Pace I personally feel not much difference. Sure these days we get more things done in a shorter time, but this is largely due to technological innovations rather than because last time people were more relax and now people work harder. I was clocking super long hours in my early years just like any new grad is now.

Some older workers at my age feel now working too stress, but I think it has more to do with their inability to change their working style to leverage on technology rather than the work per se is getting much stresser.

As for rapid career progression now, at the end of the day to me is just a facade, nothing much has changed. The fact remains that no matter what company in what age, there can only be so many directors : managers : executives : labourer ratio.

The ratio hasn't really changed much, but what has changed is that HR nowadays are taking what used to be "executives" and splitting it into 4 or 5 different titles to try and create the illusion that their employees are being recognised for promotion every 2/3 years. Ask yourself in this age, has the job really changed much when you move from Exec to Snr Exec to AM to Manager? Most of the time the changes are very slight and are more of recognition of your "experience" rather than because you are doing something very different.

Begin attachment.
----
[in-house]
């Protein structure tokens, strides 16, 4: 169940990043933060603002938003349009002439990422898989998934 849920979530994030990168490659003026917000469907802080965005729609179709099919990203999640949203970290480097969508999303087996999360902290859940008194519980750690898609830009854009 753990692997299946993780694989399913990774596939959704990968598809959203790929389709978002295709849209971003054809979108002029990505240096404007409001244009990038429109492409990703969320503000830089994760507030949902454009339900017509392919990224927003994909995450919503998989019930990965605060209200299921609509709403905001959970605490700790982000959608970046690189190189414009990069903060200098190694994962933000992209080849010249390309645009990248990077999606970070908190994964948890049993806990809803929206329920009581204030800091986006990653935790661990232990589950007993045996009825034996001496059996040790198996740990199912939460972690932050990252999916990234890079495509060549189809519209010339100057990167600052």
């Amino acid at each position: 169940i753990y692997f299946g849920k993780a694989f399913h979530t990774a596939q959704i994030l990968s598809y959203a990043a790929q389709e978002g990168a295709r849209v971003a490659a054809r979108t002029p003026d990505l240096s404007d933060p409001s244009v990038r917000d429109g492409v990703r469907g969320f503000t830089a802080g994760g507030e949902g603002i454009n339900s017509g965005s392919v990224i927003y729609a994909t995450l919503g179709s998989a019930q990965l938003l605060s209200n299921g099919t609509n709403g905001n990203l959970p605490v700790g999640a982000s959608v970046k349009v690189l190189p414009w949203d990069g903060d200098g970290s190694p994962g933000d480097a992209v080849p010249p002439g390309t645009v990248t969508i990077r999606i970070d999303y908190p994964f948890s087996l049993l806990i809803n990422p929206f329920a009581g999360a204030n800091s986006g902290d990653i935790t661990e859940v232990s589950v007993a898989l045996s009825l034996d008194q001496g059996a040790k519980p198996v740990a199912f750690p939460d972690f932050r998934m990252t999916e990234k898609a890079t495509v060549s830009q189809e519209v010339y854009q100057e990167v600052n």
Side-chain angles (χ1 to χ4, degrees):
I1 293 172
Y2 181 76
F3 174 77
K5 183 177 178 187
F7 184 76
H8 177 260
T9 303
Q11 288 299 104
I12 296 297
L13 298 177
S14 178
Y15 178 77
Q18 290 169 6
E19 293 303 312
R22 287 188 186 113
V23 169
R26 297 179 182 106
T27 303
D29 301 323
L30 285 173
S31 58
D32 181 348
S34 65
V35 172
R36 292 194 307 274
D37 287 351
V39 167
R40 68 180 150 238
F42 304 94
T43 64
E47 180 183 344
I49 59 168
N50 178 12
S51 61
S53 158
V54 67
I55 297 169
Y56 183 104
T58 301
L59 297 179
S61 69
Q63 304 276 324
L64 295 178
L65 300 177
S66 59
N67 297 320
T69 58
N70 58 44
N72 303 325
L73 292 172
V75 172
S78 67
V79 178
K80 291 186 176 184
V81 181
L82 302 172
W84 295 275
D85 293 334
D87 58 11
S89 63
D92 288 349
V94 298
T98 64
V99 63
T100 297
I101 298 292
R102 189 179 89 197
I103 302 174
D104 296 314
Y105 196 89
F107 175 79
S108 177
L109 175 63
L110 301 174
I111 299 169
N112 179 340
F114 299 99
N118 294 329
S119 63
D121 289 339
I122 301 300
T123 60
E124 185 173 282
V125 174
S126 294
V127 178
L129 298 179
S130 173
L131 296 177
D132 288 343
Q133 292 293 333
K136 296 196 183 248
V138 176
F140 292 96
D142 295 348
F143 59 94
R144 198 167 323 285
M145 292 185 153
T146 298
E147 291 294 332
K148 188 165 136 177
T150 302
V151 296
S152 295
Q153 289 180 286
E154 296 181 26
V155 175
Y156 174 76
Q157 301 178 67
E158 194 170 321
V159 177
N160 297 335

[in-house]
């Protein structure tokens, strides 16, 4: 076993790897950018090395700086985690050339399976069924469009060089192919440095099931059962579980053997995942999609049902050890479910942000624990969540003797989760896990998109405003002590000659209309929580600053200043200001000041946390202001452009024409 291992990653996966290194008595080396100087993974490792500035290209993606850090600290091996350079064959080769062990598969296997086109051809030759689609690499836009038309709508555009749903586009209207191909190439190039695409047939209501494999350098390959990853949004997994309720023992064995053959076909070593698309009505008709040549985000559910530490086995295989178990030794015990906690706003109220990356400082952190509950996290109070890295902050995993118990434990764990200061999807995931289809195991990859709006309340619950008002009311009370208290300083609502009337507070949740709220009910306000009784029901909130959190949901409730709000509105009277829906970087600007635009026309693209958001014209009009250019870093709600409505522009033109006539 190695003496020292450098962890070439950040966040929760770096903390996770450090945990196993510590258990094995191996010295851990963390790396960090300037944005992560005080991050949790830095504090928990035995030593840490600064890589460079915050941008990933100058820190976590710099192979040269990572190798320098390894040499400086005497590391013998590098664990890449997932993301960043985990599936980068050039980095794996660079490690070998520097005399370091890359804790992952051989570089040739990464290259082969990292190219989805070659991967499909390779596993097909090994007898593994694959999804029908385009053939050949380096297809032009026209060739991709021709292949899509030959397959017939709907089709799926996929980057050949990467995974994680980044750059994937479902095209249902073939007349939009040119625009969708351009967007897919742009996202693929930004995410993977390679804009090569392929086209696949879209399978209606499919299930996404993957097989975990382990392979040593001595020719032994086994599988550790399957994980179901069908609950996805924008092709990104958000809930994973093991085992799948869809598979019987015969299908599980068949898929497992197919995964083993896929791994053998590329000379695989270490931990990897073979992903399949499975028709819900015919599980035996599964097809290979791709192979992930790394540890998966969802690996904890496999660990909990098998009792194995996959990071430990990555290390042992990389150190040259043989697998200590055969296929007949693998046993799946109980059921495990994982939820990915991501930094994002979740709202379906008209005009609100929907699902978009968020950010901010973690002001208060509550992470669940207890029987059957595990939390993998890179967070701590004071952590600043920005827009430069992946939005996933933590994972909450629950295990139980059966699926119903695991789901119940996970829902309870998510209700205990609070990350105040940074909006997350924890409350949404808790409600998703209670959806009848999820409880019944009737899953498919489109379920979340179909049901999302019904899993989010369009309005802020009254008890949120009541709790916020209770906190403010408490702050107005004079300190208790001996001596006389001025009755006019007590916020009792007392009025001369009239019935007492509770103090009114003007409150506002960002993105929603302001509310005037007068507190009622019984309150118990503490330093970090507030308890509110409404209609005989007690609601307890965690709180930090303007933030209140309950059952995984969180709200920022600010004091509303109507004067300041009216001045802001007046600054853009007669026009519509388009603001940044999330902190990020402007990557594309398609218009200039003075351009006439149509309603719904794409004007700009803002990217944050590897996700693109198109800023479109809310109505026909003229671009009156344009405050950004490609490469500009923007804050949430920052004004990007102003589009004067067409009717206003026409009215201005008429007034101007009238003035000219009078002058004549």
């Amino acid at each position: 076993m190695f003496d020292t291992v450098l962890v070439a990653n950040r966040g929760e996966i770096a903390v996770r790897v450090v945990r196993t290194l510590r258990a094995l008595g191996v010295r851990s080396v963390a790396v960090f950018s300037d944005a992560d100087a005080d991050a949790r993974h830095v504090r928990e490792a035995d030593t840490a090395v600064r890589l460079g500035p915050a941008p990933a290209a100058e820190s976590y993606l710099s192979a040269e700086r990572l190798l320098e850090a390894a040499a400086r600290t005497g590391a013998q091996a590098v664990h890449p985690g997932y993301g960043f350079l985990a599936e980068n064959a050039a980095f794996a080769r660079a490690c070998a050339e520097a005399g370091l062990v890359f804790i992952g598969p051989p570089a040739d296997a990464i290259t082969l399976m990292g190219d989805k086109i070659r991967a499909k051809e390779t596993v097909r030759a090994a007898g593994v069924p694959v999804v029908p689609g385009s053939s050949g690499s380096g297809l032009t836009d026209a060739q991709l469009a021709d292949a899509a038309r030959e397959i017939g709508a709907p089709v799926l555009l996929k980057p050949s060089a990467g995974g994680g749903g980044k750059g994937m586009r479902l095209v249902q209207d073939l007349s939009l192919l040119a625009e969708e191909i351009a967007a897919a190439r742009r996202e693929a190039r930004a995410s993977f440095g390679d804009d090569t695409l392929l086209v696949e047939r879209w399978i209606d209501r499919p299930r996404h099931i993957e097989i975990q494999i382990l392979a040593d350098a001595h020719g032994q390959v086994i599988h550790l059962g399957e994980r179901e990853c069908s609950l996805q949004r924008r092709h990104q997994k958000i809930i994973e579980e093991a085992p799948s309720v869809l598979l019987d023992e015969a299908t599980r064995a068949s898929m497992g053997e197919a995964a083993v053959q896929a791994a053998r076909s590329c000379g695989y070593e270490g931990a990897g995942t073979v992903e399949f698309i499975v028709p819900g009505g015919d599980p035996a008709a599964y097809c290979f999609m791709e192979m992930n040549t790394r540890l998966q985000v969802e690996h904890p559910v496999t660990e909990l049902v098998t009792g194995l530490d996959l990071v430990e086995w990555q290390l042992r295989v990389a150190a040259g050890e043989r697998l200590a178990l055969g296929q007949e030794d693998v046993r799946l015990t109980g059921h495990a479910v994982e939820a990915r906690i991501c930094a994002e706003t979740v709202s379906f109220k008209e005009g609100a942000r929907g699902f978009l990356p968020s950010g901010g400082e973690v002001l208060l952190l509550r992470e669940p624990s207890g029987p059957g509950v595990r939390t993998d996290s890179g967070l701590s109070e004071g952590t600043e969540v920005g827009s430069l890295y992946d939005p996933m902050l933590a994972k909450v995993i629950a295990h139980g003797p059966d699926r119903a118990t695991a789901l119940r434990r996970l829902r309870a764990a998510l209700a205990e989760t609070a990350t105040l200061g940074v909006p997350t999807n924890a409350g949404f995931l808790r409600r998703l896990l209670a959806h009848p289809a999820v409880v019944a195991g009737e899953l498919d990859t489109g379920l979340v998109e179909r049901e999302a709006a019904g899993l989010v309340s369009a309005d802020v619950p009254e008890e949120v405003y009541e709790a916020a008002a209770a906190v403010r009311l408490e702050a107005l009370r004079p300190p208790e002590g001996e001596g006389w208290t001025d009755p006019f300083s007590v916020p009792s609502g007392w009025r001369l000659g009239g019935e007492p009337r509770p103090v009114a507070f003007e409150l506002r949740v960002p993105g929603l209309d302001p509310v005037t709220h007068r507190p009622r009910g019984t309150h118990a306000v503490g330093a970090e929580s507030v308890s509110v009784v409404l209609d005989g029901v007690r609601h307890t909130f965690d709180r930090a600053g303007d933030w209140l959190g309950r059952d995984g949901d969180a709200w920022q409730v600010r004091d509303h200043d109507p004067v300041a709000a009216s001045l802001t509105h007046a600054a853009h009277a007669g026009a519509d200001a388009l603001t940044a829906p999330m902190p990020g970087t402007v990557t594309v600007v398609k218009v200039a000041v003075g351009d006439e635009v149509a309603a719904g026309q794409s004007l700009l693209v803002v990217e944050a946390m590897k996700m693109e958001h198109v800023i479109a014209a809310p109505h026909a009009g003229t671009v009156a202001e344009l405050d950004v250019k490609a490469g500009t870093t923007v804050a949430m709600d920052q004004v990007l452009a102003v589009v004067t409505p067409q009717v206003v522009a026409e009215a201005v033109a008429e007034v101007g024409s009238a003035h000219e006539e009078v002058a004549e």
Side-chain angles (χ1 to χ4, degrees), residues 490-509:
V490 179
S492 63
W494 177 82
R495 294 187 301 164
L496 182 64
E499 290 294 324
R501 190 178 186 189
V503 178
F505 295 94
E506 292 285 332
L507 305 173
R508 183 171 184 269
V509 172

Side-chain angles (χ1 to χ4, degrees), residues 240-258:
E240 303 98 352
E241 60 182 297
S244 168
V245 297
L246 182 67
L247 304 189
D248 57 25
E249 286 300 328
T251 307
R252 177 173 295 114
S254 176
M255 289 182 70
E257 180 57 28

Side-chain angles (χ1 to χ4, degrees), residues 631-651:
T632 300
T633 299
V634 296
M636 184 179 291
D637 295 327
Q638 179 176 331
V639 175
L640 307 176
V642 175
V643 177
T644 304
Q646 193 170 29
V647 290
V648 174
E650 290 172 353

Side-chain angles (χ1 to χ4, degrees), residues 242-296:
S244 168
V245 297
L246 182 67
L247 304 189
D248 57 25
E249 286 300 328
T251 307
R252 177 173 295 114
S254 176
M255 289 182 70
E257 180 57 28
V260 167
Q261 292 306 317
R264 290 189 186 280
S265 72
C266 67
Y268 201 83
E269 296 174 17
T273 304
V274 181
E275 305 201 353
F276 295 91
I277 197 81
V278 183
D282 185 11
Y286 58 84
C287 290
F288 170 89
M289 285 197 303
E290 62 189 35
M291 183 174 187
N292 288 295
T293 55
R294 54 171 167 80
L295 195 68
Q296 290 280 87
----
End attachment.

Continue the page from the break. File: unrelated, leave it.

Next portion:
24-02-2012 04:53 PM
miwashi This is very interesting, so people just worked for the sake of working.
But back then the pace of work was also not as fast as today, right?
Today people are forced to work harder, and they in turn expect something more.

i wonder if these fancy titles and rapid 'progression' have something to do with HR and all that equity theory stuff and things like that.
24-02-2012 04:41 PM
NoRMAL
Quote:
Originally Posted by miwashi View Post
that's a very interesting insight.
Are you an old timer?
I always like to hear from old timers about how different things were back then.
Haha, still got people interested in uncle story in this forum har? I thought everyone just want to talk about banks & big bonus here.

Anyway there are 3 companies which I stayed the longest - 1 MNC in logistics industry, 1 MNC in high tech and 1 GLC the current job. On the topic at hand on jobs, titles and grades I would say the biggest difference is in the past organization structure is much simpler and titles less layers.

Back in those days, believe it or not, people do not join companies expecting to get promoted every few years. Many of my bosses then probably had no more than 2 or 3 promotions in their entire lives till retirement.

Take for eg the logistic MNC, the structure was very simple, anyone who is doing ops / corporate / admin work with no team management is called an officer, technician or administrator regardless of how long you have been there. Those who rise through the ranks and eventually get to lead a team or small department will be called supervisor or leader, even a degree grad (those days degree grads were considered very atas, like your ivy leaguer MBAs now) will take at least 4 years to move up to team lead.

Only people who eventually get promoted to lead a sizable department or in charge of a branch (now we like to call them Business Units) with P&L accountability are called Managers. Managers on one-man show or with a few kakias were virtually unheard of. Nowadays for a similar job they are probably called Directors or SVP or even MD for some banks.